Penetration Testing Services, by Shorebreak Security

Web Application Penetration Testing – A Simple Explanation

You can’t have a conversation about business today without talking about technology. From the best way to keep your company connected to the latest in cloud-based software, technology has become a cornerstone of our economy. But all is not gold and glitter when it comes to technology. As companies rely more heavily on their networks, they face greater security concerns—and those concerns are only growing. In fact, there’s a good chance that your company has been the victim of a cyberattack before.

Fortunately, there are a number of ways you can protect yourself from cyber-attacks. One of the most effective ways to do this is through web application penetration testing. This article will explain what web application penetration testing is and how it can help your company avoid costly breaches in the future.

Introduction to Web Application Penetration Testing

Web Application Penetration Testing is a process that involves testing web applications to find vulnerabilities and fix them before they are exploited. It is usually carried out by an ethical hacker who has knowledge of programming languages like HTML, CSS, JavaScript, PHP, and others.

Web Application Penetration Testing can help you identify potential security problems in your website’s design or implementation that could leave your site vulnerable to attack. These problems could include:

  1. A Cross-Site Scripting (XSS) vulnerability where an attacker injects malicious code into a legitimate website’s web pages, which is then executed by unsuspecting users who visit the site.
  2. A SQL Injection vulnerability where an attacker inserts malicious SQL code into a legitimate website’s database queries, which then executes on the database server itself.
  3. A Directory Traversal vulnerability where an attacker attempts to access files and directories outside of the document root directory.
  4. A Path Traversal vulnerability where an attacker attempts to access files and directories outside of a web server’s document root directory.
  5. A Local File Inclusion vulnerability where an attacker attempts to read and write files on a local system that they do not have permission to access.
  6. A Remote Code Execution vulnerability where an attacker gains access to the server and executes code as if they were logged in.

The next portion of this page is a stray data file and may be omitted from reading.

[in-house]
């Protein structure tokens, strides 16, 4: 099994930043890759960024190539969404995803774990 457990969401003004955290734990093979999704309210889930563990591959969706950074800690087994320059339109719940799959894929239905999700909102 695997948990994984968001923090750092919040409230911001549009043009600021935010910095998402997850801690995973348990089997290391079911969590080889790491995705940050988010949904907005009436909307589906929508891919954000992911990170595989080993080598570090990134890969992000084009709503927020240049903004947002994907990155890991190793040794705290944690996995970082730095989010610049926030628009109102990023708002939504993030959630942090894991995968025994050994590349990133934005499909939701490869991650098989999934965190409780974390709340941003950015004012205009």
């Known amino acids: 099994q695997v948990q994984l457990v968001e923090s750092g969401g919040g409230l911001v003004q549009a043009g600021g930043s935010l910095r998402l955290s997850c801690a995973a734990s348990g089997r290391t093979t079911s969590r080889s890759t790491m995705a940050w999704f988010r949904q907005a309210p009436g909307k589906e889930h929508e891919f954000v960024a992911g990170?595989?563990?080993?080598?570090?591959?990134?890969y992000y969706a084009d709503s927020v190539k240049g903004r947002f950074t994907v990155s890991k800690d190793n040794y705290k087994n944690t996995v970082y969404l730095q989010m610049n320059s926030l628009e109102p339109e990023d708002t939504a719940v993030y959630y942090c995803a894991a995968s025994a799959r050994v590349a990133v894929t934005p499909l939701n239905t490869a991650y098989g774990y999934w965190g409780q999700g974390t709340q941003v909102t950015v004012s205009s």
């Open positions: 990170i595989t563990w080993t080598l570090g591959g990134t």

7. A Remote File Inclusion vulnerability where an attacker attempts to include files from external sources onto the legitimate website’s web pages – An XSS Reflection vulnerability where an attacker injects malicious code into a legitimate website’s cookies and other HTTP headers, which is then executed by unsuspecting users who visit.
  8. An Open Redirection vulnerability where an attacker can redirect unsuspecting users to another malicious website by inserting malicious code into the legitimate site’s URL parameters.

Phases of Web Application Penetration Testing

As the name suggests, web application penetration testing is a type of penetration testing that focuses on the vulnerabilities present in web applications. The process involves the following phases:

– Information Gathering

In this phase, the testers gather as much information about the target website as possible. This includes things like the site’s architecture, where its files are hosted, what kind of technologies are used for hosting, and so on.

– Research and Exploitation

After the testers have gathered as much information about the target website as possible, they analyze it and try to find vulnerabilities in it. This process can take anywhere from a few hours to several days, depending on how complex the website is and how many resources are available for testing.

– Vulnerability Analysis

Once the testers have found vulnerabilities in the target website, they start analyzing them and find out what kind of impact each vulnerability has on its overall security. Each vulnerability is given a score based on different criteria like how easy it is to exploit, what kind of damage it can do if exploited by an attacker, and so on.

– Exploitation